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CD review: St. Vincent's 'Strange Mercy'

St. Vincent

Strange Mercy


Posted 9:02am on Wednesday, Sep. 14, 2011

"Best, finest surgeon/Come cut me open," croons Annie Clark, not long into her third album as St. Vincent.

The Dallas-bred singer-songwriter is pleading for an experienced hand, but she's the one wielding the scalpel throughout Strange Mercy, an arresting, vividly realized collection.

After her breakout sophomore effort, 2009's Actor, Strange Mercy (again produced by the tireless John Congleton), Clark once more mines the netherworld of her mind, blending violent imagery with an acute sensitivity to emotional temperatures.

Unafraid of the ugly close-up, Clark, who lives in New York full time and retreated to the West Coast to focus on writing these songs, excels at providing images as intoxicating as they are unsettling. "If I ever meet that dirty policeman who roughed you up/I'll be with you lost boys/Sneaking out where the shivers won't find you," goes a line from the title track, its sentiments worthy of Tom Waits.

That clash between attraction and repulsion extends to the sonics as well.

More so than her first two records, the 28-year-old Clark ferociously mixes bursts of plush beauty and atonal, peculiar effects: Neutered Fruit is borne aloft on a gorgeous choral loop, with a squelchy, fuzzbox guitar effect straight out of Peter Frampton's playbook serving as a bizarre counterpoint. The cumulative effect is odd and overwhelming as Clark's vocals achieve a poetic sort of creepiness: "Did you ever really stare at me/Like I stared at you?"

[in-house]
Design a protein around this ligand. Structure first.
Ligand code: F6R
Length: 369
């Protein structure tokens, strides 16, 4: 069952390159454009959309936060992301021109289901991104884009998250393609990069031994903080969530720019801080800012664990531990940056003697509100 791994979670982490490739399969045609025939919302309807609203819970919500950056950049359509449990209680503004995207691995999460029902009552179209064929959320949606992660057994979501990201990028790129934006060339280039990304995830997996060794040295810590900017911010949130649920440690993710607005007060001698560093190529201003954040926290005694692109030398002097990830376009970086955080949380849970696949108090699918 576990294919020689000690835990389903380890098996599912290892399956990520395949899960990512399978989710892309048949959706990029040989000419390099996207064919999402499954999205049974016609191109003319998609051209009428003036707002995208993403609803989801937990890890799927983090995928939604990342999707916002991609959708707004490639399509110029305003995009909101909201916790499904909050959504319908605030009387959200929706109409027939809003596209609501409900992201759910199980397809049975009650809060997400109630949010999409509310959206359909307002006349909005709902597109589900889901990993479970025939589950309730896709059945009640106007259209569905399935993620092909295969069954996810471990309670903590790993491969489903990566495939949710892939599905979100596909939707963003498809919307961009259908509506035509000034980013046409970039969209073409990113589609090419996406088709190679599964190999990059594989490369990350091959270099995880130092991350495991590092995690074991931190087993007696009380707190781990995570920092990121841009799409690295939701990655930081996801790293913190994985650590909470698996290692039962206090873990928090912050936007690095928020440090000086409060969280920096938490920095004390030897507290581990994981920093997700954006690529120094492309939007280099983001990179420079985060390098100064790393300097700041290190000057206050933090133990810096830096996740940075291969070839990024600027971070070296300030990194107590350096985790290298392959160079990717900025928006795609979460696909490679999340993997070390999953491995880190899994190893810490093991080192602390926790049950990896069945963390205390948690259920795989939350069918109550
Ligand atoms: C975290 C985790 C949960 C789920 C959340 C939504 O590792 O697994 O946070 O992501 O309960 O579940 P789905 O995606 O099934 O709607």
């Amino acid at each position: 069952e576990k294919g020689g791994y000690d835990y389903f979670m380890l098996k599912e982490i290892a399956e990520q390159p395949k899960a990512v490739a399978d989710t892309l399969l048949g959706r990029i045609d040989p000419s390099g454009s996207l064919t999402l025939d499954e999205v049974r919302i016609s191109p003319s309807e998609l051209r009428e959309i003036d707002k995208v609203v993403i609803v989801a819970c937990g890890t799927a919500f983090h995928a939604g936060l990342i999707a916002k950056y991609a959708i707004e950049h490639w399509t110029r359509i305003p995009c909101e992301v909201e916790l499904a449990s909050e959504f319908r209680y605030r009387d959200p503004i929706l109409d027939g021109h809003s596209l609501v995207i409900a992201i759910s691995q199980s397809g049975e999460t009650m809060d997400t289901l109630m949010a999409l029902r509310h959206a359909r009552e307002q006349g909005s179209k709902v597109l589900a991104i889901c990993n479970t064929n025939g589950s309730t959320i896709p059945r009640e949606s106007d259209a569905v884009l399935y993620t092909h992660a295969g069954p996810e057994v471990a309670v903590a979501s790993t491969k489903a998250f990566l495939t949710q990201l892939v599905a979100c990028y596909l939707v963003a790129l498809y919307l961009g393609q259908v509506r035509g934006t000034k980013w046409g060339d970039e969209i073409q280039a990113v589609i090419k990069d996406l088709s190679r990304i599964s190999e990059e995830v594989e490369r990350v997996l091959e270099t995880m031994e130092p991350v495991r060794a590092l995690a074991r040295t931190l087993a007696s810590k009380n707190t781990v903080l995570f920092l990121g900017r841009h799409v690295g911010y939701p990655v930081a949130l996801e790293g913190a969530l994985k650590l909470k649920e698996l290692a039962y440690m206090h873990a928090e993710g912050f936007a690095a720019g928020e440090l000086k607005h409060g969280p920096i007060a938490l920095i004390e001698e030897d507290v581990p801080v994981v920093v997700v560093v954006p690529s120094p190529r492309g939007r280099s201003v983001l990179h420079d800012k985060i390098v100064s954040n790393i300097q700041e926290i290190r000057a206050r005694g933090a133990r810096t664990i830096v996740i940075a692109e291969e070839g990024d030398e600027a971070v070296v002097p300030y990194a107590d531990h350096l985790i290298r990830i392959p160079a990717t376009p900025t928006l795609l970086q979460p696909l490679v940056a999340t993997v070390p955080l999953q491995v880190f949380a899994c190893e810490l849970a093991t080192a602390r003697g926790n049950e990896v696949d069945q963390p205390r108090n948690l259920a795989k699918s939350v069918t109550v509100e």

Confidence confronts the listener at every turn on this spare, 40-minute album. Having broken through the indie rock clutter with Actor, Clark has seized an opportunity to make an grandly idiosyncratic statement. Already renowned as a fearless guitar virtuoso -- her live performances are spectacles of raw instrumental prowess -- Clark has steadily matured as a songwriter. Although she prefers to speak in metaphors and potent allusions, it's easy to see why someone like art-rock fountainhead David Byrne would want to collaborate with her. (The pair is finishing up an album for release next year.)

Through and through, Strange Mercy feels like an artist totally and completely coming into her own (which means, just maybe, music writers won't have to lean on the "She-used-to-be-in-the-Polyphonic-Spree" crutch anymore). Clark may yearn for a sharper, steadier hand to excavate her complicated interior life, but as Strange Mercy demonstrates, she would be hard-pressed to find one better than her own.

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